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Importance of work environments on hospital outcomes in nine countries

Importance of work environments on hospital outcomes in nine countries PurposeTo determine the effect of hospital work environments on hospital outcomes across multiple countries.DesignPrimary survey data using a common instrument were collected from separate cross sections of 98 116 bedside care nurses practising in 1406 hospitals in 9 countries between 1999 and 2009.Main Outcome MeasuresNurse burnout and job dissatisfaction, patient readiness for hospital discharge and quality of patient care.ResultsHigh nurse burnout was found in hospitals in all countries except Germany, and ranged from roughly a third of nurses to about 60% of nurses in South Korea and Japan. Job dissatisfaction among nurses was close to 20% in most countries and as high as 60% in Japan. Close to half or more of nurses in every country lacked confidence that patients could care for themselves following discharge. Quality-of-care rated as fair or poor varied from 11% in Canada to 68% in South Korea. Between one-quarter and one-third of hospitals in each country were judged to have poor work environments. Working in a hospital with a better work environment was associated with significantly lower odds of nurse burnout and job dissatisfaction and with better quality-of-care outcomes.ConclusionsPoor hospital work environments are common and are associated with negative outcomes for nurses and quality of care. Improving work environments holds promise for nurse retention and better quality of patient care. http://www.deepdyve.com/assets/images/DeepDyve-Logo-lg.png International Journal for Quality in Health Care Oxford University Press

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References (49)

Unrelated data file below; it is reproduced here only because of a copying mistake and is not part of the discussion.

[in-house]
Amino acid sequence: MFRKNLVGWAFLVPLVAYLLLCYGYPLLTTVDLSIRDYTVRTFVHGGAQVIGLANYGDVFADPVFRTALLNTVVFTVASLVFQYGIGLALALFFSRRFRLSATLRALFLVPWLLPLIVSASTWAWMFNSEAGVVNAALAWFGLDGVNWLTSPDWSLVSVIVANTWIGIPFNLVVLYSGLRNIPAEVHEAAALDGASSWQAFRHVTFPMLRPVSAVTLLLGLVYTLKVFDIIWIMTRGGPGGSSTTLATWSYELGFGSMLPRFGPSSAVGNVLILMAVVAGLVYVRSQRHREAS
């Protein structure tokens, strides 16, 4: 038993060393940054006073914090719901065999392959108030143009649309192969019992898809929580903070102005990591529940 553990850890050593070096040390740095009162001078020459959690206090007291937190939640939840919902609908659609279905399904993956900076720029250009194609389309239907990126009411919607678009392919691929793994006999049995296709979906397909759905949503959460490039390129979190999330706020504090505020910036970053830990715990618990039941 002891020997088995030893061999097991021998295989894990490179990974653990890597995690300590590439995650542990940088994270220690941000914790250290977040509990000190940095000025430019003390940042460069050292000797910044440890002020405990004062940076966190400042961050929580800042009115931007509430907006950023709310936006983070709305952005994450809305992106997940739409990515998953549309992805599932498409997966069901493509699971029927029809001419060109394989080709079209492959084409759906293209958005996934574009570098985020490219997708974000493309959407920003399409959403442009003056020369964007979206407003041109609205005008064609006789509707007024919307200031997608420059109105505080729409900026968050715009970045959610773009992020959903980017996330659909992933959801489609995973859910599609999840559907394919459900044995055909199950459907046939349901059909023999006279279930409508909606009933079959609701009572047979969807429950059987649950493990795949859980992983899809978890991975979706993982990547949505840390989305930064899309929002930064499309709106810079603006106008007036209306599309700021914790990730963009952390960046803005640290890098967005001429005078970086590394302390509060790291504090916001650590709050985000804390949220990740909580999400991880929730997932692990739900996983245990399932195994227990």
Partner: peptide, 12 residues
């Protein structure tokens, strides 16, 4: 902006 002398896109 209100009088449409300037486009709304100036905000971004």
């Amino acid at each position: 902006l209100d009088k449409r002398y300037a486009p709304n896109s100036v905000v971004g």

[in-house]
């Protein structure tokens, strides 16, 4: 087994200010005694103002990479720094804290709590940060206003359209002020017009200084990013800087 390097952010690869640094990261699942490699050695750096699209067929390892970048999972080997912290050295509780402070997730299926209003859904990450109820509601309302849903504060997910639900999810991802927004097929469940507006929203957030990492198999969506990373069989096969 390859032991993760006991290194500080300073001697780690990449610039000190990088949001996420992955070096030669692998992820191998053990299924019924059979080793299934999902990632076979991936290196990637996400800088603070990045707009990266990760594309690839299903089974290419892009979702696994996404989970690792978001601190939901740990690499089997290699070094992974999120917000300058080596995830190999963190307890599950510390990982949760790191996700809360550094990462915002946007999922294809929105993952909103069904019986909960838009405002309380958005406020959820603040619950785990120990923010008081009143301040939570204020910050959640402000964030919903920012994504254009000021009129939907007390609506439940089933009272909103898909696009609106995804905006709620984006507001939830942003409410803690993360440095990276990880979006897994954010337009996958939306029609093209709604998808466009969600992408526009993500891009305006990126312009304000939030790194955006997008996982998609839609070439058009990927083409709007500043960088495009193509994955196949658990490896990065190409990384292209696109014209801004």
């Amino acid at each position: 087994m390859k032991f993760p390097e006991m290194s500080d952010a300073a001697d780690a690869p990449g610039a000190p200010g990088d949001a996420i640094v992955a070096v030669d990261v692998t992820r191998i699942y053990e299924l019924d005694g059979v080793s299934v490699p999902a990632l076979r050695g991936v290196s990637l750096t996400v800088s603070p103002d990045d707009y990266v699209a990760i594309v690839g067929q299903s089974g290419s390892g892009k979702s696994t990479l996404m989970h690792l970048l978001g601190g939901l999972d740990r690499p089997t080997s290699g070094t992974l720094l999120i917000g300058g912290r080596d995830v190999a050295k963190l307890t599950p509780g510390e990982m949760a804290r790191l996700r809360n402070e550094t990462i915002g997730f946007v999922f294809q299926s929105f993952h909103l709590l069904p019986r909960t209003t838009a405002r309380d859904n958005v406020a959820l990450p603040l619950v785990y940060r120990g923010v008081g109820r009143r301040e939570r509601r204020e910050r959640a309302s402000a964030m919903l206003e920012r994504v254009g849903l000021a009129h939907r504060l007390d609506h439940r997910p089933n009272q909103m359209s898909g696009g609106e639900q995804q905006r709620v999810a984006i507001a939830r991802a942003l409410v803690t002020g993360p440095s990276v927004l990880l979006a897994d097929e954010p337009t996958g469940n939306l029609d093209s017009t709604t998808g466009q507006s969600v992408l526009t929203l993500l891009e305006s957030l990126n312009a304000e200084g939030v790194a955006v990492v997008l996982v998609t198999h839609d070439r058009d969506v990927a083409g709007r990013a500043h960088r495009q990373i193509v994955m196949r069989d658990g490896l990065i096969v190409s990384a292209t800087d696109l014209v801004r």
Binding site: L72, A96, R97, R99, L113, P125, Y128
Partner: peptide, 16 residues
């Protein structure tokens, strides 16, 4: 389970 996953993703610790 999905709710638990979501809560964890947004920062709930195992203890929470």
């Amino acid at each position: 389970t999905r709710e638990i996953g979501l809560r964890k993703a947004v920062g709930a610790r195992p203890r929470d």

Publisher
Oxford University Press
Copyright
© The Author 2011. Published by Oxford University Press in association with the International Society for Quality in Health Care; all rights reserved
Subject
Papers
ISSN
1353-4505
eISSN
1464-3677
DOI
10.1093/intqhc/mzr022
pmid
21561979
Publisher site
See Article on Publisher Site

Abstract

PurposeTo determine the effect of hospital work environments on hospital outcomes across multiple countries.DesignPrimary survey data using a common instrument were collected from separate cross sections of 98 116 bedside care nurses practising in 1406 hospitals in 9 countries between 1999 and 2009.Main Outcome MeasuresNurse burnout and job dissatisfaction, patient readiness for hospital discharge and quality of patient care.ResultsHigh nurse burnout was found in hospitals in all countries except Germany, and ranged from roughly a third of nurses to about 60% of nurses in South Korea and Japan. Job dissatisfaction among nurses was close to 20% in most countries and as high as 60% in Japan. Close to half or more of nurses in every country lacked confidence that patients could care for themselves following discharge. Quality-of-care rated as fair or poor varied from 11% in Canada to 68% in South Korea. Between one-quarter and one-third of hospitals in each country were judged to have poor work environments. Working in a hospital with a better work environment was associated with significantly lower odds of nurse burnout and job dissatisfaction and with better quality-of-care outcomes.ConclusionsPoor hospital work environments are common and are associated with negative outcomes for nurses and quality of care. Improving work environments holds promise for nurse retention and better quality of patient care.

Journal

International Journal for Quality in Health CareOxford University Press

Published: Aug 11, 2011

Keywords: Hospital work environments nurse burnout nurse job satisfaction and quality of care

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